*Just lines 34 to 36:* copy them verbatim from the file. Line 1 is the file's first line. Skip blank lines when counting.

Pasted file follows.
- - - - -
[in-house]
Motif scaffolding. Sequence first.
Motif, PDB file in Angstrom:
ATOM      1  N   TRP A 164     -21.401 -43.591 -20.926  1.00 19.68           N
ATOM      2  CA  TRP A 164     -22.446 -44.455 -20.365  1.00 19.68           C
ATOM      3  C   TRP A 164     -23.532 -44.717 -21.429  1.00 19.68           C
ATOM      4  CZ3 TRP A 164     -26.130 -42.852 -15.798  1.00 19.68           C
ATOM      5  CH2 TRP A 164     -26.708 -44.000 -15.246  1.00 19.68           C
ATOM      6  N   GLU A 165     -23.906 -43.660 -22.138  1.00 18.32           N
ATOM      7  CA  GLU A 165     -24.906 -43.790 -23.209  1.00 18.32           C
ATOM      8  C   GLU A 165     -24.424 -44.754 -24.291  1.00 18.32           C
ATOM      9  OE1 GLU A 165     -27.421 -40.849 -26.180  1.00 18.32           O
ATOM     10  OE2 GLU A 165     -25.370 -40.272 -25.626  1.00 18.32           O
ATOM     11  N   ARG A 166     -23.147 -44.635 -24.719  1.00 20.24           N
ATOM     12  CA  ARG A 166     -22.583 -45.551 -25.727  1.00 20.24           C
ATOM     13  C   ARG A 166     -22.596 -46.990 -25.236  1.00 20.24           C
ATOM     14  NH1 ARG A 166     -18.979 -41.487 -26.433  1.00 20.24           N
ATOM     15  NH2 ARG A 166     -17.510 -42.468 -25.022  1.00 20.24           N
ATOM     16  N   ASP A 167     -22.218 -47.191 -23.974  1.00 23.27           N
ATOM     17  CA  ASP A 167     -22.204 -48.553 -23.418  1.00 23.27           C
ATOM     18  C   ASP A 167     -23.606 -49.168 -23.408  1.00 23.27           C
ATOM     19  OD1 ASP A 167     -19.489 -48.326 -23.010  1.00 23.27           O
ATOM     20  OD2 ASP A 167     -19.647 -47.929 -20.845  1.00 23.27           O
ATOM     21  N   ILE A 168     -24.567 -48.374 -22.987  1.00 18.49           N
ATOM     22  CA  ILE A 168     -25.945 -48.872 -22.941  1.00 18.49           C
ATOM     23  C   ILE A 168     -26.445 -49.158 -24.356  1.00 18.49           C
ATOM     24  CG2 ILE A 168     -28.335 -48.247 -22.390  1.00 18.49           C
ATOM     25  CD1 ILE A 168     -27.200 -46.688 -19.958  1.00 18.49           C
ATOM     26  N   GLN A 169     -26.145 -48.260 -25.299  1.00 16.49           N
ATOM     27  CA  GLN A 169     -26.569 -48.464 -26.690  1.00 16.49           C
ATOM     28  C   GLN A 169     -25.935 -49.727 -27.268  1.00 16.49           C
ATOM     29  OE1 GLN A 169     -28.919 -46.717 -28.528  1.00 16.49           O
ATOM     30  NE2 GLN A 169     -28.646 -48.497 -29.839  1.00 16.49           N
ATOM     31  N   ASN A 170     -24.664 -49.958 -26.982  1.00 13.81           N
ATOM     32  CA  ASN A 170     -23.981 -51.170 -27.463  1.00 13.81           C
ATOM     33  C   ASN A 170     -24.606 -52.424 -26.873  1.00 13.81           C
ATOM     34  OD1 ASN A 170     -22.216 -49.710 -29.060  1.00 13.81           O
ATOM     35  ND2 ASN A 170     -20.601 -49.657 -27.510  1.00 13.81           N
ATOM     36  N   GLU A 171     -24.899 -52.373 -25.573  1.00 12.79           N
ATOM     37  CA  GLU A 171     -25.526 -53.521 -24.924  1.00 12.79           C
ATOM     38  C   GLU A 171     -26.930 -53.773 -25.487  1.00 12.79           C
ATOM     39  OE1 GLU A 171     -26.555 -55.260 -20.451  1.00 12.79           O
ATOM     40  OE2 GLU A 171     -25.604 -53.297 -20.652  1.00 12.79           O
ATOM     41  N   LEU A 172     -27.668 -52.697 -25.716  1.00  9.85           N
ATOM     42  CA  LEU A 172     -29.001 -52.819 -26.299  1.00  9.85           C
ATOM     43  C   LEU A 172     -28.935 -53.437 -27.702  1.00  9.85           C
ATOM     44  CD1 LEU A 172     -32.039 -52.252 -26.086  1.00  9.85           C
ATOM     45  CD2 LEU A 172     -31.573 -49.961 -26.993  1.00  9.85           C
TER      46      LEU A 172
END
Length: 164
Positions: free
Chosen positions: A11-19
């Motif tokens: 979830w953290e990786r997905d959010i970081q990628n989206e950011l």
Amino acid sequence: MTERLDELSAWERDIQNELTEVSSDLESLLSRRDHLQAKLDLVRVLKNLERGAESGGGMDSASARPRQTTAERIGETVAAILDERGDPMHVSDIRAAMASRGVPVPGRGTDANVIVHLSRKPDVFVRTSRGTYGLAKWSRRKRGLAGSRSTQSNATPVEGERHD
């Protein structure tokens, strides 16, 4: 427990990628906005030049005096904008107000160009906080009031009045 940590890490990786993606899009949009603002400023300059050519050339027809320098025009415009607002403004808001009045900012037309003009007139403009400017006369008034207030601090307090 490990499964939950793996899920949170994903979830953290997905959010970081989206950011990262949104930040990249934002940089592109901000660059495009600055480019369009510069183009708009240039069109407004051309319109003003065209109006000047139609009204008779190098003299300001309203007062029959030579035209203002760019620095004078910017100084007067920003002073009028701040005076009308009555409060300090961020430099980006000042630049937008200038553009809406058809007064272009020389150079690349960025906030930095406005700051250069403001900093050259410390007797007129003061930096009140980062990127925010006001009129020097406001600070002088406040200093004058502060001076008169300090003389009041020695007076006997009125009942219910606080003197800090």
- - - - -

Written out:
ATOM     31  N   ASN A 170     -24.664 -49.958 -26.982  1.00 13.81           N
ATOM     32  CA  ASN A 170     -23.981 -51.170 -27.463  1.00 13.81           C
ATOM     33  C   ASN A 170     -24.606 -52.424 -26.873  1.00 13.81           C